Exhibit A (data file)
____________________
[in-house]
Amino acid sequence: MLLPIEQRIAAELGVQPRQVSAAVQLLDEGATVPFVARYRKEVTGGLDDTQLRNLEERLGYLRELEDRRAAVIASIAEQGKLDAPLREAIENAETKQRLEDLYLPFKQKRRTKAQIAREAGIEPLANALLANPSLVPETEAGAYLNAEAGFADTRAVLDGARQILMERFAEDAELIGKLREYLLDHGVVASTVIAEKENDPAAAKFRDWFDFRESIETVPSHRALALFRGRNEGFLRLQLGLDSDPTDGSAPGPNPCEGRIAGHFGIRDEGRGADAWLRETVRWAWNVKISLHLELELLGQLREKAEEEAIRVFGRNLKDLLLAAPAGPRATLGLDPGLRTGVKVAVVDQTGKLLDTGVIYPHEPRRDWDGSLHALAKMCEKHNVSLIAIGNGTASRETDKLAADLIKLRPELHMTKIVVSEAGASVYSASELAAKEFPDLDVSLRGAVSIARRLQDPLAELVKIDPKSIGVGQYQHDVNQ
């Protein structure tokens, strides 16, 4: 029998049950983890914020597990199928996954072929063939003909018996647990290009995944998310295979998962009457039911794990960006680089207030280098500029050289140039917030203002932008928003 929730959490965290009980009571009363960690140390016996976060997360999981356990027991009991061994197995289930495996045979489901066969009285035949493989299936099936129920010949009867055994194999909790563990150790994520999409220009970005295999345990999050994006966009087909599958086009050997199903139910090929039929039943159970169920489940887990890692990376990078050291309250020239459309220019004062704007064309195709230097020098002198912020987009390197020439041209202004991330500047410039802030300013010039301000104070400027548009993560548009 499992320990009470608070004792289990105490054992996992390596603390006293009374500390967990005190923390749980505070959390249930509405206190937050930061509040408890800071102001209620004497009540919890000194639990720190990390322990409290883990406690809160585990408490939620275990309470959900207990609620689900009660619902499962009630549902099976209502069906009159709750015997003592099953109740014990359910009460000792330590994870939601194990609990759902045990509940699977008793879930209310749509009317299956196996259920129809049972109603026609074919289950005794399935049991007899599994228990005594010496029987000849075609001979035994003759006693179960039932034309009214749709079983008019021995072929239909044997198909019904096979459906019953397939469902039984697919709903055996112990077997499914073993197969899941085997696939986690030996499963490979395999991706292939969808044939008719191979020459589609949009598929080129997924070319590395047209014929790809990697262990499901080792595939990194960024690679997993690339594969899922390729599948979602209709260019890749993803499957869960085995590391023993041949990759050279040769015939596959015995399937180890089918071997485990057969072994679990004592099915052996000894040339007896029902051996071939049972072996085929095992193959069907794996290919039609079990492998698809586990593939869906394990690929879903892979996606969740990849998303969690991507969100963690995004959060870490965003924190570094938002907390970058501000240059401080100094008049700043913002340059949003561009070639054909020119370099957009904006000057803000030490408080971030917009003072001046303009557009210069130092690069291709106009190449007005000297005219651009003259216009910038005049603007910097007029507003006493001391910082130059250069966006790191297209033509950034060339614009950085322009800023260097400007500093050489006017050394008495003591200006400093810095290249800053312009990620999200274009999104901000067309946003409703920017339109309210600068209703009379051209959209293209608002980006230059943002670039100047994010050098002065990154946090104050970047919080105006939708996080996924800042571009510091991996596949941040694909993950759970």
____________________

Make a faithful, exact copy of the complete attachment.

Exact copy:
[in-house]
Amino acid sequence: MLLPIEQRIAAELGVQPRQVSAAVQLLDEGATVPFVARYRKEVTGGLDDTQLRNLEERLGYLRELEDRRAAVIASIAEQGKLDAPLREAIENAETKQRLEDLYLPFKQKRRTKAQIAREAGIEPLANALLANPSLVPETEAGAYLNAEAGFADTRAVLDGARQILMERFAEDAELIGKLREYLLDHGVVASTVIAEKENDPAAAKFRDWFDFRESIETVPSHRALALFRGRNEGFLRLQLGLDSDPTDGSAPGPNPCEGRIAGHFGIRDEGRGADAWLRETVRWAWNVKISLHLELELLGQLREKAEEEAIRVFGRNLKDLLLAAPAGPRATLGLDPGLRTGVKVAVVDQTGKLLDTGVIYPHEPRRDWDGSLHALAKMCEKHNVSLIAIGNGTASRETDKLAADLIKLRPELHMTKIVVSEAGASVYSASELAAKEFPDLDVSLRGAVSIARRLQDPLAELVKIDPKSIGVGQYQHDVNQ
């Protein structure tokens, strides 16, 4: 029998049950983890914020597990199928996954072929063939003909018996647990290009995944998310295979998962009457039911794990960006680089207030280098500029050289140039917030203002932008928003 929730959490965290009980009571009363960690140390016996976060997360999981356990027991009991061994197995289930495996045979489901066969009285035949493989299936099936129920010949009867055994194999909790563990150790994520999409220009970005295999345990999050994006966009087909599958086009050997199903139910090929039929039943159970169920489940887990890692990376990078050291309250020239459309220019004062704007064309195709230097020098002198912020987009390197020439041209202004991330500047410039802030300013010039301000104070400027548009993560548009 499992320990009470608070004792289990105490054992996992390596603390006293009374500390967990005190923390749980505070959390249930509405206190937050930061509040408890800071102001209620004497009540919890000194639990720190990390322990409290883990406690809160585990408490939620275990309470959900207990609620689900009660619902499962009630549902099976209502069906009159709750015997003592099953109740014990359910009460000792330590994870939601194990609990759902045990509940699977008793879930209310749509009317299956196996259920129809049972109603026609074919289950005794399935049991007899599994228990005594010496029987000849075609001979035994003759006693179960039932034309009214749709079983008019021995072929239909044997198909019904096979459906019953397939469902039984697919709903055996112990077997499914073993197969899941085997696939986690030996499963490979395999991706292939969808044939008719191979020459589609949009598929080129997924070319590395047209014929790809990697262990499901080792595939990194960024690679997993690339594969899922390729599948979602209709260019890749993803499957869960085995590391023993041949990759050279040769015939596959015995399937180890089918071997485990057969072994679990004592099915052996000894040339007896029902051996071939049972072996085929095992193959069907794996290919039609079990492998698809586990593939869906394990690929879903892979996606969740990849998303969690991507969100963690995004959060870490965003924190570094938002907390970058501000240059401080100094008049700043913002340059949003561009070639054909020119370099957009904006000057803000030490408080971030917009003072001046303009557009210069130092690069291709106009190449007005000297005219651009003259216009910038005049603007910097007029507003006493001391910082130059250069966006790191297209033509950034060339614009950085322009800023260097400007500093050489006017050394008495003591200006400093810095290249800053312009990620999200274009999104901000067309946003409703920017339109309210600068209703009379051209959209293209608002980006230059943002670039100047994010050098002065990154946090104050970047919080105006939708996080996924800042571009510091991996596949941040694909993950759970």